– The wealth of professionals and business people in the City spent money on housing, restaurants, culture, education, domestic services. Many engaged in philanthropy, to the enormous and lasting benefit of London’s galleries and museums, theatres and charities. The face of London changed forever and for the better, with our city becoming one of the most diverse and exciting places on earth.]

–          The City came to represent a crucial source of revenue to central government and one which the Labour government in particular enjoyed enormously, using the seemingly never ending stream of money to build new schools and hospitals and expand the state.

–          Whether Big Bang was good or not, in light of all that has happened, is hard to ascertain since we do not know just what the British economy or London would have looked like without it. In the absence of Big Bang, would Britain have enjoyed any of the successes of the past two decades?

–          It also depends on one’s diagnosis of our current problem. I would suggest that we are in the midst of a crisis not of capitalism but welfarism. In Western democracies, the state as a share of GDP has become too large and we simply cannot afford it. The state has been able to expand courtesy of loose monetary policy which allowed governments to borrow and private citizens to feel richer and more relaxed about the size of that state as they were borrowing themselves. These developments undermined the Thatcherite philosophy of self reliance.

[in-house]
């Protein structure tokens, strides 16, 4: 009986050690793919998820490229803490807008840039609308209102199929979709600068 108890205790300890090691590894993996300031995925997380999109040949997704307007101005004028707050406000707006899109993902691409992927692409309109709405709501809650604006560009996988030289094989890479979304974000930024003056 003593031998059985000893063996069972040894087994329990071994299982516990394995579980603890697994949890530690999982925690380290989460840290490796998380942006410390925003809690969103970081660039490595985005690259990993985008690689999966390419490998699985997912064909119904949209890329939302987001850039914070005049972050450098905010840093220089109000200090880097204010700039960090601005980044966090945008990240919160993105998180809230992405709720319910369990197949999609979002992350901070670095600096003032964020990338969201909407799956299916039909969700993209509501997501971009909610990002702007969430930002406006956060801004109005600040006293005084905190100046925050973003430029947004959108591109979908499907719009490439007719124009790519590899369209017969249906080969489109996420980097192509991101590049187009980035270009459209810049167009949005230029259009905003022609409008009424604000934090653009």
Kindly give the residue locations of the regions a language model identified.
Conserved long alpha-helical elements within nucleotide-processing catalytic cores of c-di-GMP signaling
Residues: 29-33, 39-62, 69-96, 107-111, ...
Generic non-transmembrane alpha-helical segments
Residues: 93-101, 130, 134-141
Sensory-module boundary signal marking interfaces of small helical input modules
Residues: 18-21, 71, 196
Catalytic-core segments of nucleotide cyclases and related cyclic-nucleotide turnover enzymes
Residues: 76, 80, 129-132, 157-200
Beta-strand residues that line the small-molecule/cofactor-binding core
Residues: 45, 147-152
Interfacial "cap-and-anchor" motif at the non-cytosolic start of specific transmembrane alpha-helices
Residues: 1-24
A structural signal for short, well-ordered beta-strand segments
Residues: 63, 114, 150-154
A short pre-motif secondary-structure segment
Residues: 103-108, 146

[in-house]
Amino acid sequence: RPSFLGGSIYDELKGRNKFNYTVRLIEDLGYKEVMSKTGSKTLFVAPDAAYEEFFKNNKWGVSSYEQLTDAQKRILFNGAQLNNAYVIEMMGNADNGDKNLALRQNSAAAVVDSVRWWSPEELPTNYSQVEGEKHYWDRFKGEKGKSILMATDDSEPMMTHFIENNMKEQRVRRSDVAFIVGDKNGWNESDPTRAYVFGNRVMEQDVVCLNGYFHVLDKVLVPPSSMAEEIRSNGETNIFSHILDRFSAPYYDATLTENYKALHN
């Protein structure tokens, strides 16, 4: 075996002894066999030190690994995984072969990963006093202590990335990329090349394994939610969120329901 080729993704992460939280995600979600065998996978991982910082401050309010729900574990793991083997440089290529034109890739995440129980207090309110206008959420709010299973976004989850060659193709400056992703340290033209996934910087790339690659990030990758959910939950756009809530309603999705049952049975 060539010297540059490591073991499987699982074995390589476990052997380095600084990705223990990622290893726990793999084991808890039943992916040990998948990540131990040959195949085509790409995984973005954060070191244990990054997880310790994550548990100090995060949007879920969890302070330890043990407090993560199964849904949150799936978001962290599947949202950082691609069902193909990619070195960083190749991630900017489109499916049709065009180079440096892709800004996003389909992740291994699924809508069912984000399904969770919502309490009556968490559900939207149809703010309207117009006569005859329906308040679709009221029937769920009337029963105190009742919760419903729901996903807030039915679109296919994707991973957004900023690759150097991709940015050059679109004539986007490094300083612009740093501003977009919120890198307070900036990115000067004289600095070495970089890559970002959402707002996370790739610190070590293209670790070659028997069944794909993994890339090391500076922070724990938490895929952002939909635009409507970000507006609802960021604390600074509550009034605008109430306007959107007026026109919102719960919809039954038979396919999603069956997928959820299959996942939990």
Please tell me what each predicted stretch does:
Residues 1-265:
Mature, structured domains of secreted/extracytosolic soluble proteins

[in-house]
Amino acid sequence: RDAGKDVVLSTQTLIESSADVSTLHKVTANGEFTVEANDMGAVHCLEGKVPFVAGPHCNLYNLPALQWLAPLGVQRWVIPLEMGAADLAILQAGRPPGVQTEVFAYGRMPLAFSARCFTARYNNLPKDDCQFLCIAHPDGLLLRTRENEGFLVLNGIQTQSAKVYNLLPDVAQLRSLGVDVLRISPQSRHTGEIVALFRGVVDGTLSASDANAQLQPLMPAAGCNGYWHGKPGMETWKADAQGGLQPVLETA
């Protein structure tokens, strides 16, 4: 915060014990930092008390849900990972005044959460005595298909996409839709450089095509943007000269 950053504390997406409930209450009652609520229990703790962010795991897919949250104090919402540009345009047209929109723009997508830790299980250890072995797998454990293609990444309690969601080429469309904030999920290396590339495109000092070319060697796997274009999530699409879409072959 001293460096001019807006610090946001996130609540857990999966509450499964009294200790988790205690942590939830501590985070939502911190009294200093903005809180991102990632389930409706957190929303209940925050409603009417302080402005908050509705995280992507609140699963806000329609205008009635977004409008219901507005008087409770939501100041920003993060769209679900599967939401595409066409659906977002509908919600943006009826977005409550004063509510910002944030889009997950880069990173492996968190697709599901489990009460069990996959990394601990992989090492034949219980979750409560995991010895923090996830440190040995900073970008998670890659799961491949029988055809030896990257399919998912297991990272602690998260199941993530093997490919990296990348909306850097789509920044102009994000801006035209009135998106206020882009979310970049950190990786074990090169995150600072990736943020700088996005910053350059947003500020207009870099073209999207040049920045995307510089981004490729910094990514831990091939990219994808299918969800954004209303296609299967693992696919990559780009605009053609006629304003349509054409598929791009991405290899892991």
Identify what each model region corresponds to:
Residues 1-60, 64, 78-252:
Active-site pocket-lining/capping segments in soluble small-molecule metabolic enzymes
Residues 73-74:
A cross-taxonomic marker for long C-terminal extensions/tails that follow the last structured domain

–          Would Mrs Thatcher have overseen such a state of affairs? Unlikely. Yes, there were unintended consequences of Big Bang. Long term relationship banking was replaced by short term transactional banking. The bonus culture grew up and insuperable conflicts of interest were woven into the system so that brokers worked primarily for their own interests, not those of their clients.

–          However Big Bank liberalisations were later warped when the tripartite regulatory system was introduced by Chancellor Gordon Brown and when combined with excessively loose monetary policy and the consequent expansion of credit and overleveraging of households and governments. If anything, Mrs Thatcher was a crusader for tight monetary policy. She abhorred debt and called upon households and governments to follow the budgetary discipline of the housewife. I suspect she would have fundamentally rejected the notion of ‘too big to fail’, the reward for failure and the way in which competition has been crowded out following the credit crunch.

–          In this way, Thatcher’s legacy has been sorely absent from the governmental response since 2008 to the financial crisis. This has seen failed institutions propped up, even renationalised, the pumping of money into the system regardless of the inflationary consequences and the kickstarting of the economy through Keynesian pump priming rather than lower taxes and looser labour laws.

–          Myths – Public spending was not savagely cut during the Thatcher years. Quite the contrary. Public spending fell only in two years of her tenure. In all the others it rose by an average of 1.4% a year. Critically, however, as a share of GDP, public expenditure shrank from 44.6% at the beginning of her time in office to 39.4% at the end. Between 1984 and 1988, GDP grew by an average of 4.7% a year. In 09/10 the state had crept up to represent 47.4% GDP.